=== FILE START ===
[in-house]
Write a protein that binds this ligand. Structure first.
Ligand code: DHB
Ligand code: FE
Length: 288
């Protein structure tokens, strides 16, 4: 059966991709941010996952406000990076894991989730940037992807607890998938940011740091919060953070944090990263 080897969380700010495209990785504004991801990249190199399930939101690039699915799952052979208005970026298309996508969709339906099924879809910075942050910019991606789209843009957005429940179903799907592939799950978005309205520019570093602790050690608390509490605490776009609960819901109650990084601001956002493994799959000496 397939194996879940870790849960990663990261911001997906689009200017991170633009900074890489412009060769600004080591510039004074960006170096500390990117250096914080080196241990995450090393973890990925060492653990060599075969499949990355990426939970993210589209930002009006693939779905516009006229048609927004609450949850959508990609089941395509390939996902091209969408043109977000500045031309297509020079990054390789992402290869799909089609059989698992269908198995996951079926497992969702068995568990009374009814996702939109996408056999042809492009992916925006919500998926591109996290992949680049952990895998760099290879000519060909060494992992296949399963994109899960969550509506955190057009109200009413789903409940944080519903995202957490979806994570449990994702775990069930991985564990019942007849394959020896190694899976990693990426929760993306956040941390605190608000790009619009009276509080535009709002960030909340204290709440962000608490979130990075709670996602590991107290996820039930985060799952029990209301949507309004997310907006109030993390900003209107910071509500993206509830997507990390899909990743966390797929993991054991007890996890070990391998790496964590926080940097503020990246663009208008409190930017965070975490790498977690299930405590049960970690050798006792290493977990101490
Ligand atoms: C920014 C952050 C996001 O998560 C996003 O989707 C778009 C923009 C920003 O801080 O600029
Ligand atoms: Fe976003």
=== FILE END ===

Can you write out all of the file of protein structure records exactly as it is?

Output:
[in-house]
Write a protein that binds this ligand. Structure first.
Ligand code: DHB
Ligand code: FE
Length: 288
């Protein structure tokens, strides 16, 4: 059966991709941010996952406000990076894991989730940037992807607890998938940011740091919060953070944090990263 080897969380700010495209990785504004991801990249190199399930939101690039699915799952052979208005970026298309996508969709339906099924879809910075942050910019991606789209843009957005429940179903799907592939799950978005309205520019570093602790050690608390509490605490776009609960819901109650990084601001956002493994799959000496 397939194996879940870790849960990663990261911001997906689009200017991170633009900074890489412009060769600004080591510039004074960006170096500390990117250096914080080196241990995450090393973890990925060492653990060599075969499949990355990426939970993210589209930002009006693939779905516009006229048609927004609450949850959508990609089941395509390939996902091209969408043109977000500045031309297509020079990054390789992402290869799909089609059989698992269908198995996951079926497992969702068995568990009374009814996702939109996408056999042809492009992916925006919500998926591109996290992949680049952990895998760099290879000519060909060494992992296949399963994109899960969550509506955190057009109200009413789903409940944080519903995202957490979806994570449990994702775990069930991985564990019942007849394959020896190694899976990693990426929760993306956040941390605190608000790009619009009276509080535009709002960030909340204290709440962000608490979130990075709670996602590991107290996820039930985060799952029990209301949507309004997310907006109030993390900003209107910071509500993206509830997507990390899909990743966390797929993991054991007890996890070990391998790496964590926080940097503020990246663009208008409190930017965070975490790498977690299930405590049960970690050798006792290493977990101490
Ligand atoms: C920014 C952050 C996001 O998560 C996003 O989707 C778009 C923009 C920003 O801080 O600029
Ligand atoms: Fe976003």